Banking analysts are sizing up latest announcements in relation to Kazakhstan’s second biggest lender Tsesnabank to assess whether the Kazakh banking sector is suffering lingering troubles following last year’s $7.5bn bailout.
On September 14, Kazakh officials disclosed plans to buy out KZT450bn (€1.04bn) of agricultural sector loans from Tsesnabank to boost its financial strength.
The central bank has been insisting that the bank has been meeting all mandatory regulatory requirements despite a September 3 report that revealed a 30% plunge in its liquid assets in the second quarter. The report certainly raised a few eyebrows, but Tsesnabank attributed the drop to mere attempts at getting rid of “excess liquidity”.
However, on September 6 the lender contradicted itself in a statement when it stated that t had taken out a short-term KZT150bn (€344.5mn) loan from the central bank to boost its liquidity. Further muddying the picture, the bank added that it had already repaid KZT100bn of the credit and promised to pay back the rest in the very near future given that it had a “sufficient amount of liquid assets”.
Not a reassuring picture
Thus, the latest news outlining the government move to buy out the agricultural loans does not paint a reassuring picture of Tsesnabank., The bank is reportedly heavily exposed to the agriculture sector. State holding KazAgro, focused on the agricultural sector, is apparently working with Tsesnabank on restructuring the loans.
The lender is not the only Kazakh bank sending mixed signals about its current state of health. Eurasian Bank saw its liquidity drop by 26% in the second quarter.
Tsesnabank and Eurasian Bank’s total assets amount to $5.8bn and $2.7bn, respectively. The central bank claims the two banks have not missed any payments.
Despite the uncertainty generated by the recent string of news, the Kazakh government does not at all appear minded to let the two banks sink. Both banks featured in the government’s $7.5bn banking sector bailout. A number of small banks in the country, including Qazaq Banki and Kazakhstan Eximbank, were not so lucky. They received no state support and have been continuously lambasted by top officials for their poor performance. Their licences were recently revoked.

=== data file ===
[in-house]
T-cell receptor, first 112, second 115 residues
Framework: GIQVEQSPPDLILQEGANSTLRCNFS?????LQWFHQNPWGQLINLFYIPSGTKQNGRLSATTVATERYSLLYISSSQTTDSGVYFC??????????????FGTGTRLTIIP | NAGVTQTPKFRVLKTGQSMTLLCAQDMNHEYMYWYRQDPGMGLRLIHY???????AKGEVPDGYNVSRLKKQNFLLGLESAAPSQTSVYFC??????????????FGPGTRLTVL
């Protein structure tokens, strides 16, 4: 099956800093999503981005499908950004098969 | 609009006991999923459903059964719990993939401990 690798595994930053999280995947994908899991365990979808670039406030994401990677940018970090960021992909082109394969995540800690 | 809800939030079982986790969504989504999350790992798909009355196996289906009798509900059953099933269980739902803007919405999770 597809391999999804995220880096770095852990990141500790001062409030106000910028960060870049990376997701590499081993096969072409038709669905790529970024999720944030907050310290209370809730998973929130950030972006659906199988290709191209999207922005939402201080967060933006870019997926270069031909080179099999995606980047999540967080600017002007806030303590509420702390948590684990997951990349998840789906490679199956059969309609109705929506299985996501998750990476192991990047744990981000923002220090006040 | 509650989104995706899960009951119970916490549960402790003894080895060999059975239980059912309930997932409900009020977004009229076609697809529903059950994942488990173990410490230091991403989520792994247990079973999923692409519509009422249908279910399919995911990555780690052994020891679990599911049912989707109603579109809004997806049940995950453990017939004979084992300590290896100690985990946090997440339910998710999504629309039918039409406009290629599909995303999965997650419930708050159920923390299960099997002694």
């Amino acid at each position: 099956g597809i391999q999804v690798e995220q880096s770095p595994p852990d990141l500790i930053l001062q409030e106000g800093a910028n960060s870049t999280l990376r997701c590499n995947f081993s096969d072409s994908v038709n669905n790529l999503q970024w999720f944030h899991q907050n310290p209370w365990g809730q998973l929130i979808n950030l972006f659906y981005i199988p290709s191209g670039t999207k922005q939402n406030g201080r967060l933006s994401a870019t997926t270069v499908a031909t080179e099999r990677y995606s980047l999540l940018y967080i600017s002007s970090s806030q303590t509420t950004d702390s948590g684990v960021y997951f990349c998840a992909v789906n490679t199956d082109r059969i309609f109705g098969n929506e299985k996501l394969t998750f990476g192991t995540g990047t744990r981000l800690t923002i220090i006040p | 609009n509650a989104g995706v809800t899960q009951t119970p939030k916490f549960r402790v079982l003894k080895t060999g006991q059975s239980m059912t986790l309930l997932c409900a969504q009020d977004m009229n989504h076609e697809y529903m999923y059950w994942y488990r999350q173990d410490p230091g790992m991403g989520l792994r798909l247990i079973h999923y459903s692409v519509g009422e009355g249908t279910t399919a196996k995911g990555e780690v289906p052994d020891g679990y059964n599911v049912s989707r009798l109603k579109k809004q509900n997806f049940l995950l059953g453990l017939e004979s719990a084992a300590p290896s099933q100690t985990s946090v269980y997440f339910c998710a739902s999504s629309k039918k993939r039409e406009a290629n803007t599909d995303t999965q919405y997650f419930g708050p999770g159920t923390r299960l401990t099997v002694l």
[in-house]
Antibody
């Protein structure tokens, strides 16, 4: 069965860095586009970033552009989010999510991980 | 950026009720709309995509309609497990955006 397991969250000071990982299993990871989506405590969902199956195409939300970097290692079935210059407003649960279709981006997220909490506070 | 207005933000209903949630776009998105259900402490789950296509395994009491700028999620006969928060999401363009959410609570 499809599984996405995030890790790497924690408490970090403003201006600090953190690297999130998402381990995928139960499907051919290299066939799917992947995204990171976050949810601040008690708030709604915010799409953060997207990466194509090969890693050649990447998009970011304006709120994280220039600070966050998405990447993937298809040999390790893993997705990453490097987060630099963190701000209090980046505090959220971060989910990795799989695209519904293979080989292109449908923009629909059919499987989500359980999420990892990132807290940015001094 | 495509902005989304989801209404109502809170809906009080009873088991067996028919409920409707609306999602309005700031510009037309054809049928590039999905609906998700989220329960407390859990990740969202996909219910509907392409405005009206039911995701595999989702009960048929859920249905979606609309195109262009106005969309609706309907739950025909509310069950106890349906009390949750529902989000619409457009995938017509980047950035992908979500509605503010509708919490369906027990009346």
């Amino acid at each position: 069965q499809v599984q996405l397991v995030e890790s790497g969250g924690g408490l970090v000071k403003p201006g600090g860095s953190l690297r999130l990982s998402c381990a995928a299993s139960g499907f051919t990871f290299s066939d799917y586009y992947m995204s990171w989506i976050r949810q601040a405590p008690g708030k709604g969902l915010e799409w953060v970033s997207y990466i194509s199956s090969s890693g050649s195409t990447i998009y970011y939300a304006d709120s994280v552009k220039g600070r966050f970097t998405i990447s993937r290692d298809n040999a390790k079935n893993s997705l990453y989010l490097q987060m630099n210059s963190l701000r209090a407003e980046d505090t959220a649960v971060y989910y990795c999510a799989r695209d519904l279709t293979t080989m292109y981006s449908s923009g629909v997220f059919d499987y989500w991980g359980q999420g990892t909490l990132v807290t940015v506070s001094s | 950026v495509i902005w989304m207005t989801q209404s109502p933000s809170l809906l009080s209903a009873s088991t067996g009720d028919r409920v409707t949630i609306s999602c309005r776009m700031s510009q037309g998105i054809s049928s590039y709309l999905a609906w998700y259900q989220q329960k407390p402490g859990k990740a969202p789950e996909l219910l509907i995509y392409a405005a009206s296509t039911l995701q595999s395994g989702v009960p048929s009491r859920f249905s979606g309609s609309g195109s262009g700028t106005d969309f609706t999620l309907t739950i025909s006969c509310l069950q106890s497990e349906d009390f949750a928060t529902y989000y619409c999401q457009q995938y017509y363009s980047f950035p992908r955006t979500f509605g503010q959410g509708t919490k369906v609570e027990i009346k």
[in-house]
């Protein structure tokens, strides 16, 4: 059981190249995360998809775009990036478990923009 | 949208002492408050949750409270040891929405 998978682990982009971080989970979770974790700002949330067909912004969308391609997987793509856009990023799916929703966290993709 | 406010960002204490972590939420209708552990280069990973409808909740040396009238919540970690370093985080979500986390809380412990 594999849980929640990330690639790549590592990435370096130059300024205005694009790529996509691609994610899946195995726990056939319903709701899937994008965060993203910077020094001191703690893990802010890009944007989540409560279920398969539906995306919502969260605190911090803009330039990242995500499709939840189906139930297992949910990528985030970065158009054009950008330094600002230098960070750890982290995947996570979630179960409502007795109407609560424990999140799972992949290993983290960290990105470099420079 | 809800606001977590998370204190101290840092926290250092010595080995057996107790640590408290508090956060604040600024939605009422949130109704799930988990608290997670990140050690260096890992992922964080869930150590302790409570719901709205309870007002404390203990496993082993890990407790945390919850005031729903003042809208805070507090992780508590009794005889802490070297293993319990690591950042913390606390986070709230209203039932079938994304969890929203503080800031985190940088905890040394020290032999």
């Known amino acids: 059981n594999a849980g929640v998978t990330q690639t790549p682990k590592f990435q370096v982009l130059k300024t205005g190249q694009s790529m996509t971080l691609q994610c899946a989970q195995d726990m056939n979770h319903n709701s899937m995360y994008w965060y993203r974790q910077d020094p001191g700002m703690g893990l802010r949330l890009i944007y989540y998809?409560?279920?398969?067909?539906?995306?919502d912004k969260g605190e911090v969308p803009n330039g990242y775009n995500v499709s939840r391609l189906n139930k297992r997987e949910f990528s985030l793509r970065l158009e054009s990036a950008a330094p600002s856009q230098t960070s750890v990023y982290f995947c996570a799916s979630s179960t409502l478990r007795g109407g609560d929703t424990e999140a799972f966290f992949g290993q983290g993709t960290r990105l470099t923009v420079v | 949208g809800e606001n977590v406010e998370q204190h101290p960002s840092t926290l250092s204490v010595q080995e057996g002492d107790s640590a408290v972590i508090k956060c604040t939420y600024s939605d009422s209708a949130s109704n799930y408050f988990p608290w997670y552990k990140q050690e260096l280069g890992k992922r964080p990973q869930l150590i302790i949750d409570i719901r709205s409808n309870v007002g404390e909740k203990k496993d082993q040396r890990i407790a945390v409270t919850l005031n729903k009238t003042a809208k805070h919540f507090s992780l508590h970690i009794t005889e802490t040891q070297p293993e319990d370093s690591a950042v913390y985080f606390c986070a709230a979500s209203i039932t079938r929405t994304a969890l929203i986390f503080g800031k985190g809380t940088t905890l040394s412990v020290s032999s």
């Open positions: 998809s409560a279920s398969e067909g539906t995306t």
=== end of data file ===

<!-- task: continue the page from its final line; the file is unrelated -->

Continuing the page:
The country’s banking sector—still not fully recovered from the 2008-09 financial crisis—has been hit by a rise in bad loans since the slump in world crude oil prices and the tenge free-float in 2015, which depressed the entire Kazakh economy in 2015 and 2016, until it switched trajectory and headed for recovery in 2017. The bailing out of Kazakhstan's largest banks included a merger deal between KKB and Halyk.
New appointments at Tsesna
Meanwhile, Tsesnabank has been reshuffling its management. The bank appointed Ulf Wokurka, a former Deutsche Bank manager, as chief executive on September 14.
In addition, recently released ex-presidential chief of staff Adilbek Zhaksybekov was announced as the bank’s new chairman on September 10. The 64-year-old Zhaqsybekov’s departure from government was explained as a result of his reaching the retirement age. He served as chief of staff between 2004-2018 and was reappointed in 2016. His family controls a group of enterprises through the Tsesna Corporation holding company, which includes Tsesnabank.